Rashida was 33 when she was diagnosed with diabetes. Her father had the disease, so when she found herself needing to use the bathroom frequently and having inexplicable thirst, she recognized the symptoms. Still, the Teaneck, New Jersey resident was surprised. “I never thought this would happen to me,” she wrote. She continued to ignore the signs until the day she fell asleep while driving. When she went to her doctor, she was immediately sent to the ER. “I could have died,” she said. “This is when my life changed.”

Rashida is one of 382 million people living with Type 2 diabetes. Diabetes is the name for the group of metabolic diseases where someone develops high blood sugar, either because the pancreas doesn´t produce enough insulin or because the body develops insulin resistance. Type 2 diabetes, where cells fail to use the insulin the body naturally produces, is  frequently believed to be caused by lifestyle choices.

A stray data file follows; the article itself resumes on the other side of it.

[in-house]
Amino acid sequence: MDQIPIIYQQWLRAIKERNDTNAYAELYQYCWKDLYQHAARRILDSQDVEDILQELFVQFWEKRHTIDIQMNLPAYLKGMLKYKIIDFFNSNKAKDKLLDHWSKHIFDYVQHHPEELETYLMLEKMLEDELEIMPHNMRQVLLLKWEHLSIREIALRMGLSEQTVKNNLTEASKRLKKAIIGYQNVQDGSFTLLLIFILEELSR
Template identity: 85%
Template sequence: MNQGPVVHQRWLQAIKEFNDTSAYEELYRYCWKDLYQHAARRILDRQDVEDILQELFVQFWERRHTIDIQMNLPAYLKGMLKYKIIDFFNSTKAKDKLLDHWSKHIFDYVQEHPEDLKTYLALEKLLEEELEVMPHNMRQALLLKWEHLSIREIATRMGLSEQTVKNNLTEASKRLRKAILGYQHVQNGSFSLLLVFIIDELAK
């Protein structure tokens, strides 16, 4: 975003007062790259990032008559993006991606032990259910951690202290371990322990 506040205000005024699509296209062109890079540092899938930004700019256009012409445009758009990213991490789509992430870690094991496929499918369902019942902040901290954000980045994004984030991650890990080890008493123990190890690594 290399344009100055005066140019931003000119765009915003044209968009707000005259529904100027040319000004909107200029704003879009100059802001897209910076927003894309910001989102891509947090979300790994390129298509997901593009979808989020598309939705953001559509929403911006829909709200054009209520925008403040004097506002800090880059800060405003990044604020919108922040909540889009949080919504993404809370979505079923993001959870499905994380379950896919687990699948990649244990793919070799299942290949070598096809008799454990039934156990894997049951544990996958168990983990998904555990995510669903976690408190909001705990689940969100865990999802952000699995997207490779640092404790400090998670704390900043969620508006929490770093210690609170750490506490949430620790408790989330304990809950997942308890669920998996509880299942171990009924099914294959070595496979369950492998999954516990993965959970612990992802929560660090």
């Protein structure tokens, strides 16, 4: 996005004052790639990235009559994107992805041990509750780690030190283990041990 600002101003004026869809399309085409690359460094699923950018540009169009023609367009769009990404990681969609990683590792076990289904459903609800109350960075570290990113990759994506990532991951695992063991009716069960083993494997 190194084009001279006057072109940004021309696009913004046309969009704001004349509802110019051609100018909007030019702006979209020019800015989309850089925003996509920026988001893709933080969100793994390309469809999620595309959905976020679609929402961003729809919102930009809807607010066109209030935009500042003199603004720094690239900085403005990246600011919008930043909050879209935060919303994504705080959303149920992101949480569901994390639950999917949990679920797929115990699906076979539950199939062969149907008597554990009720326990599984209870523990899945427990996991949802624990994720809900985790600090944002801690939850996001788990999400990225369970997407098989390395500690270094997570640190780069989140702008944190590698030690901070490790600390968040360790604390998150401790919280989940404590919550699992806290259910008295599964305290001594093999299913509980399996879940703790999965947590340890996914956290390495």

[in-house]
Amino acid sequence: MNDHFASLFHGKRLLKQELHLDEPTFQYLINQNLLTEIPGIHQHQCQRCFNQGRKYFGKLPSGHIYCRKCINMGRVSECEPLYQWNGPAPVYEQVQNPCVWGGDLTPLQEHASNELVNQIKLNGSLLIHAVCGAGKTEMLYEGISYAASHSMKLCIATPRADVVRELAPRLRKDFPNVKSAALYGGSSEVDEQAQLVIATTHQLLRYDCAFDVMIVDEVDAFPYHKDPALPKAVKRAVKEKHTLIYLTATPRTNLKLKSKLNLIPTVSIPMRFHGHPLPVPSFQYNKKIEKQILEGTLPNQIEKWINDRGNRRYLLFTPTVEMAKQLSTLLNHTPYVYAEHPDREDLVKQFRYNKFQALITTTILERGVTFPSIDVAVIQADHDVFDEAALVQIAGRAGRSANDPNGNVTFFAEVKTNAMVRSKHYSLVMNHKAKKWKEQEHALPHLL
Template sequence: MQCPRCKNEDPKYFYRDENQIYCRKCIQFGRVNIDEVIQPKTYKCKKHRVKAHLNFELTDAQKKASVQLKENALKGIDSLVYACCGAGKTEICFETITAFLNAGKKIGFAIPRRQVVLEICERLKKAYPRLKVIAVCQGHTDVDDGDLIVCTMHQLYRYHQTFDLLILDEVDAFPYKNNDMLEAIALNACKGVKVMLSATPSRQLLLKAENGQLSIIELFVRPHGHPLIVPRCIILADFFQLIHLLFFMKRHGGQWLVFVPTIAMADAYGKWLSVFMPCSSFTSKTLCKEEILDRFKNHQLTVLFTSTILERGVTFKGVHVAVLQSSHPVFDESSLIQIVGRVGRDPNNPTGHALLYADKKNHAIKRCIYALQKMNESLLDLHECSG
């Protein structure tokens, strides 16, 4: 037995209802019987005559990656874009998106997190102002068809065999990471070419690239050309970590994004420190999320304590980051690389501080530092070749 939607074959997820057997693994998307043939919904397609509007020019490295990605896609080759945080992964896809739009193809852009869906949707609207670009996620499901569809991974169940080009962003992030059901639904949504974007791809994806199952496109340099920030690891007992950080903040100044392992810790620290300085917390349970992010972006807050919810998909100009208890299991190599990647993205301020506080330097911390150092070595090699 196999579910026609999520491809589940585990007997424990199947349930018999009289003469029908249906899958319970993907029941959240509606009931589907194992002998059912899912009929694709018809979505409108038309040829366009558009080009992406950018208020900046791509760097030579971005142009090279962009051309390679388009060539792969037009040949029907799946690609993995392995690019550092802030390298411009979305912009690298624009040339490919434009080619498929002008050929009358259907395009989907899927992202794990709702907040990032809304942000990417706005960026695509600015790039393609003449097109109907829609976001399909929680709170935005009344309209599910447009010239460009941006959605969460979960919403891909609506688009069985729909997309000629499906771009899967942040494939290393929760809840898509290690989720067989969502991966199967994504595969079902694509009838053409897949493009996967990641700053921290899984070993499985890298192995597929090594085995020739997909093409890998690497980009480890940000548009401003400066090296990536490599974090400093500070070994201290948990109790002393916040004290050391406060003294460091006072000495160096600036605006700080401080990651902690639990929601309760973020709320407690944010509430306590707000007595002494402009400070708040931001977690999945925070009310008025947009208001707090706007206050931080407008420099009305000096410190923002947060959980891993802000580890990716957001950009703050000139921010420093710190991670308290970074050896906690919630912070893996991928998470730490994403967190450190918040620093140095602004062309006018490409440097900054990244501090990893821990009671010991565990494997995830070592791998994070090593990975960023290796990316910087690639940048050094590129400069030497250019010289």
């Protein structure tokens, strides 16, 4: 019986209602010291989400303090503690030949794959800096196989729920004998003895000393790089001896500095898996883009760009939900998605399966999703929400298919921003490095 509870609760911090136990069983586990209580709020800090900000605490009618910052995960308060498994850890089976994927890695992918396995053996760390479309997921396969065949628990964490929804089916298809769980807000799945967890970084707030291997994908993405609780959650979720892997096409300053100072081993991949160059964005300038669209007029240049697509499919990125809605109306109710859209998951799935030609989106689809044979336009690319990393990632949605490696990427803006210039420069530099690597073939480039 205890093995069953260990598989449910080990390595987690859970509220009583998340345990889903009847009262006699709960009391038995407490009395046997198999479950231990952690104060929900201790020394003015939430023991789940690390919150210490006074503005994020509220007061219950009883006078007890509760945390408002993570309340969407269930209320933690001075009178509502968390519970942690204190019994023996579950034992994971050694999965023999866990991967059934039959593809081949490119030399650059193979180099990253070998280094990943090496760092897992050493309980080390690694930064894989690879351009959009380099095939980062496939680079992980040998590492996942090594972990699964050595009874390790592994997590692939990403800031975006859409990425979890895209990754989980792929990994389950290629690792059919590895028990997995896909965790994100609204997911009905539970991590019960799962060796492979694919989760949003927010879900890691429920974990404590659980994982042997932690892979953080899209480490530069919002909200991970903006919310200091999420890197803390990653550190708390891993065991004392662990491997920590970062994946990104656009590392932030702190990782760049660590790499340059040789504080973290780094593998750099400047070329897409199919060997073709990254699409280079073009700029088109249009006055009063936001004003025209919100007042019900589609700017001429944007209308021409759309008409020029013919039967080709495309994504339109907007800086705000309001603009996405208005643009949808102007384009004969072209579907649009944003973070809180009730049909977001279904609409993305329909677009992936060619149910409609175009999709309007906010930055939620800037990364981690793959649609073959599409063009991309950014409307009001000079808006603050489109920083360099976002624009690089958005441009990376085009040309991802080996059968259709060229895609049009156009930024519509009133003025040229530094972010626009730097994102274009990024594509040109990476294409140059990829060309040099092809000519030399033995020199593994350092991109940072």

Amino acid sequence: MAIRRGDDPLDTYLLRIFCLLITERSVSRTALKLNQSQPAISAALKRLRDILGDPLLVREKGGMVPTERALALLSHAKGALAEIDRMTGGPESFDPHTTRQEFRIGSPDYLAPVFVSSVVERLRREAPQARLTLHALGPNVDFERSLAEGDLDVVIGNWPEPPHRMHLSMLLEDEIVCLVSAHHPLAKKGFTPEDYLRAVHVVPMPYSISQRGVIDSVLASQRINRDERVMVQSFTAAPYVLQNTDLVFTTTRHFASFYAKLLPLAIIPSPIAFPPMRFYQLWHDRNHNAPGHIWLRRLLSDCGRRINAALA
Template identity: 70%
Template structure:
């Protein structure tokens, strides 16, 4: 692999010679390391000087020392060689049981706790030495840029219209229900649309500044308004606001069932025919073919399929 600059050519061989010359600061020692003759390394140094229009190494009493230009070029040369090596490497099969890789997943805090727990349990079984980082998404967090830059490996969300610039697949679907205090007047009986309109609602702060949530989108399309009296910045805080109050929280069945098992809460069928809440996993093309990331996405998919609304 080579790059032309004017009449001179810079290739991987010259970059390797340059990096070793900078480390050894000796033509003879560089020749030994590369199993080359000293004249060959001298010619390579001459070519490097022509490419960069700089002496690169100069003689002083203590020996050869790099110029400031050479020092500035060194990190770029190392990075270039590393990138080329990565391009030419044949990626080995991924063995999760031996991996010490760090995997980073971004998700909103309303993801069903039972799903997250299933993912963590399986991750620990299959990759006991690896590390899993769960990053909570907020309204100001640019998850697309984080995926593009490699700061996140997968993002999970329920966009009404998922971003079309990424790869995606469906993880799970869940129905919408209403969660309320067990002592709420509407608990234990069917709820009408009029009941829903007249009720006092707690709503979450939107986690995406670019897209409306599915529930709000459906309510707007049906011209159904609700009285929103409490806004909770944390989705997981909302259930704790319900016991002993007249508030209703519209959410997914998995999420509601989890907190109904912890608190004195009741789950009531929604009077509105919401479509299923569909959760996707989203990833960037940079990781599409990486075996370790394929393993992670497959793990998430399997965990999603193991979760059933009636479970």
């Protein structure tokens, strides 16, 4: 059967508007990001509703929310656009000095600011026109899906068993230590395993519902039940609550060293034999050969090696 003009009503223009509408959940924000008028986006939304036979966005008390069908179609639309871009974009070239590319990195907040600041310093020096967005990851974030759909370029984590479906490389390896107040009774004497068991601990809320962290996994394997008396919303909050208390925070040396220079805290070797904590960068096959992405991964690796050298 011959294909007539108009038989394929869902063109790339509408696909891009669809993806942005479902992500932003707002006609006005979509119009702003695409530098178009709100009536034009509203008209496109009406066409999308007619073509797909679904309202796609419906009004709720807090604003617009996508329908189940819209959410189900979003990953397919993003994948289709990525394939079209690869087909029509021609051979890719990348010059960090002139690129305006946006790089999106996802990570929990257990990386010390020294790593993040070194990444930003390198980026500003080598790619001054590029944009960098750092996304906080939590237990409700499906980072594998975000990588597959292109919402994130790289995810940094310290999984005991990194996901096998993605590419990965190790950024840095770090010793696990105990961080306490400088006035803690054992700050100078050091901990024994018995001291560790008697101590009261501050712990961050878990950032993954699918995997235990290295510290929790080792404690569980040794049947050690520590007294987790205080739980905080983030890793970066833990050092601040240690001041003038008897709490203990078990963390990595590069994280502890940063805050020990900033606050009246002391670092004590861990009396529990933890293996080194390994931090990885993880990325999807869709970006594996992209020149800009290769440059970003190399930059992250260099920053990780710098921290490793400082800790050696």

But last month, a new study by the University of Oxford found that genes play a sizable role in the development of type 2 diabetes. DNA from 48,000 patients and 139,00 non-diabetics were analyzed, and for the first time, the study group included a sizable population of Asian and Hispanic descendants. By looking at these 300 million DNA variants, the researchers at Oxford were able to determine that just the risk factors found to date don´t explain the differences between diabetes rates in ethnic groups. “The risk regions we have found to date do not explain the clear differences in the patterns of diabetes between those groups,” Professor Mark McCarthy said.

According to the International Diabetes Federation, over 80 percent of people wtih diabetes live in low- and middle-income countries, where it can be difficult to maintain a diet low in sugar and fat. A study published in Diabetologia explains that rural-urban migration and the trend towards “Westernized” lifestyles are associated with a dramatic increase in the rates of diabetes. Even in developed countries, there´s a significant difference in diabetes rates between socioeconomic groups, and prevalence rates have been inversely associated with levels of education and income.